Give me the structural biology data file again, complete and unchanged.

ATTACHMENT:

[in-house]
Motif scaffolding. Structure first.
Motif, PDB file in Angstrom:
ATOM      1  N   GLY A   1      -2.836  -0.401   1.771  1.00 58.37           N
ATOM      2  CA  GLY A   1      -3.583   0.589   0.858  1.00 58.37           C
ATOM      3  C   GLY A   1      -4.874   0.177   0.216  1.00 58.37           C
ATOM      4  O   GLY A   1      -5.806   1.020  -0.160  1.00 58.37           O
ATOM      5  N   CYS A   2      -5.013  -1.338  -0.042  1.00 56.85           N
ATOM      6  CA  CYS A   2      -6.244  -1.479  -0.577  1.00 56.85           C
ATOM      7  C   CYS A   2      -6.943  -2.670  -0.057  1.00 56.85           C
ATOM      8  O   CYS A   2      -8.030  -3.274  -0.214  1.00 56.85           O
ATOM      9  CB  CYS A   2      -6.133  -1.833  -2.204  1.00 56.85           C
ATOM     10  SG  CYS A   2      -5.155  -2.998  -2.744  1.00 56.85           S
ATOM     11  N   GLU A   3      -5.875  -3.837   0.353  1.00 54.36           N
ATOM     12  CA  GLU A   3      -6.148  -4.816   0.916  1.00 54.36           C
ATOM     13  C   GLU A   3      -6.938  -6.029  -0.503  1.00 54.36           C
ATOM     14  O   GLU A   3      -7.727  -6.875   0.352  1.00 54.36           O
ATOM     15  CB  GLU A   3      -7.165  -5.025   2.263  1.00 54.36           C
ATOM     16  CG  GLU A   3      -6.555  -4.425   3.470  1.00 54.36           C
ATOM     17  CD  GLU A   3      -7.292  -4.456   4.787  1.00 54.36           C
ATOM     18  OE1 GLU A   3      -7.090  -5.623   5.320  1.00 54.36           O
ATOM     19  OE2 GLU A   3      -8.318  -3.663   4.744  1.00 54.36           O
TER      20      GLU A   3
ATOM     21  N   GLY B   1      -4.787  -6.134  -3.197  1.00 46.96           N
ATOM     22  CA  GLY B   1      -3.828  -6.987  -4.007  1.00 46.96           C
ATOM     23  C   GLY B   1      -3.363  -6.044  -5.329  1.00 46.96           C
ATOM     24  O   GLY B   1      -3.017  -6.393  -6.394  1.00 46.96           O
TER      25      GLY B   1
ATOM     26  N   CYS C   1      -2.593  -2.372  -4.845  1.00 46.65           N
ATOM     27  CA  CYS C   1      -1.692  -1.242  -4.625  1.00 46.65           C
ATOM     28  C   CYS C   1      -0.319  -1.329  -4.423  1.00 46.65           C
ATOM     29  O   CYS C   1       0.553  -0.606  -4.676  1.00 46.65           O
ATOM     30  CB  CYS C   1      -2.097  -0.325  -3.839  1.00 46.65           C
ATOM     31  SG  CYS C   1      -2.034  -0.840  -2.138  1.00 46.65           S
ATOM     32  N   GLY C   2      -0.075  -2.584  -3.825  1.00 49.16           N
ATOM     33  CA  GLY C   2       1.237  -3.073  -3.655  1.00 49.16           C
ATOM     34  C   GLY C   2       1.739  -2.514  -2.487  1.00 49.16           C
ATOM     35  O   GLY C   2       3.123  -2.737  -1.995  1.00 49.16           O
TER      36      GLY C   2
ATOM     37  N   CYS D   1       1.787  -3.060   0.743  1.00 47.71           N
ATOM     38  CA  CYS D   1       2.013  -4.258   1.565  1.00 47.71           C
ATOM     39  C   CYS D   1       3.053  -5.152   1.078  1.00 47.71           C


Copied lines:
[in-house]
Motif scaffolding. Structure first.
Motif, PDB file in Angstrom:
ATOM      1  N   GLY A   1      -2.836  -0.401   1.771  1.00 58.37           N
ATOM      2  CA  GLY A   1      -3.583   0.589   0.858  1.00 58.37           C
ATOM      3  C   GLY A   1      -4.874   0.177   0.216  1.00 58.37           C
ATOM      4  O   GLY A   1      -5.806   1.020  -0.160  1.00 58.37           O
ATOM      5  N   CYS A   2      -5.013  -1.338  -0.042  1.00 56.85           N
ATOM      6  CA  CYS A   2      -6.244  -1.479  -0.577  1.00 56.85           C
ATOM      7  C   CYS A   2      -6.943  -2.670  -0.057  1.00 56.85           C
ATOM      8  O   CYS A   2      -8.030  -3.274  -0.214  1.00 56.85           O
ATOM      9  CB  CYS A   2      -6.133  -1.833  -2.204  1.00 56.85           C
ATOM     10  SG  CYS A   2      -5.155  -2.998  -2.744  1.00 56.85           S
ATOM     11  N   GLU A   3      -5.875  -3.837   0.353  1.00 54.36           N
ATOM     12  CA  GLU A   3      -6.148  -4.816   0.916  1.00 54.36           C
ATOM     13  C   GLU A   3      -6.938  -6.029  -0.503  1.00 54.36           C
ATOM     14  O   GLU A   3      -7.727  -6.875   0.352  1.00 54.36           O
ATOM     15  CB  GLU A   3      -7.165  -5.025   2.263  1.00 54.36           C
ATOM     16  CG  GLU A   3      -6.555  -4.425   3.470  1.00 54.36           C
ATOM     17  CD  GLU A   3      -7.292  -4.456   4.787  1.00 54.36           C
ATOM     18  OE1 GLU A   3      -7.090  -5.623   5.320  1.00 54.36           O
ATOM     19  OE2 GLU A   3      -8.318  -3.663   4.744  1.00 54.36           O
TER      20      GLU A   3
ATOM     21  N   GLY B   1      -4.787  -6.134  -3.197  1.00 46.96           N
ATOM     22  CA  GLY B   1      -3.828  -6.987  -4.007  1.00 46.96           C
ATOM     23  C   GLY B   1      -3.363  -6.044  -5.329  1.00 46.96           C
ATOM     24  O   GLY B   1      -3.017  -6.393  -6.394  1.00 46.96           O
TER      25      GLY B   1
ATOM     26  N   CYS C   1      -2.593  -2.372  -4.845  1.00 46.65           N
ATOM     27  CA  CYS C   1      -1.692  -1.242  -4.625  1.00 46.65           C
ATOM     28  C   CYS C   1      -0.319  -1.329  -4.423  1.00 46.65           C
ATOM     29  O   CYS C   1       0.553  -0.606  -4.676  1.00 46.65           O
ATOM     30  CB  CYS C   1      -2.097  -0.325  -3.839  1.00 46.65           C
ATOM     31  SG  CYS C   1      -2.034  -0.840  -2.138  1.00 46.65           S
ATOM     32  N   GLY C   2      -0.075  -2.584  -3.825  1.00 49.16           N
ATOM     33  CA  GLY C   2       1.237  -3.073  -3.655  1.00 49.16           C
ATOM     34  C   GLY C   2       1.739  -2.514  -2.487  1.00 49.16           C
ATOM     35  O   GLY C   2       3.123  -2.737  -1.995  1.00 49.16           O
TER      36      GLY C   2
ATOM     37  N   CYS D   1       1.787  -3.060   0.743  1.00 47.71           N
ATOM     38  CA  CYS D   1       2.013  -4.258   1.565  1.00 47.71           C
ATOM     39  C   CYS D   1       3.053  -5.152   1.078  1.00 47.71           C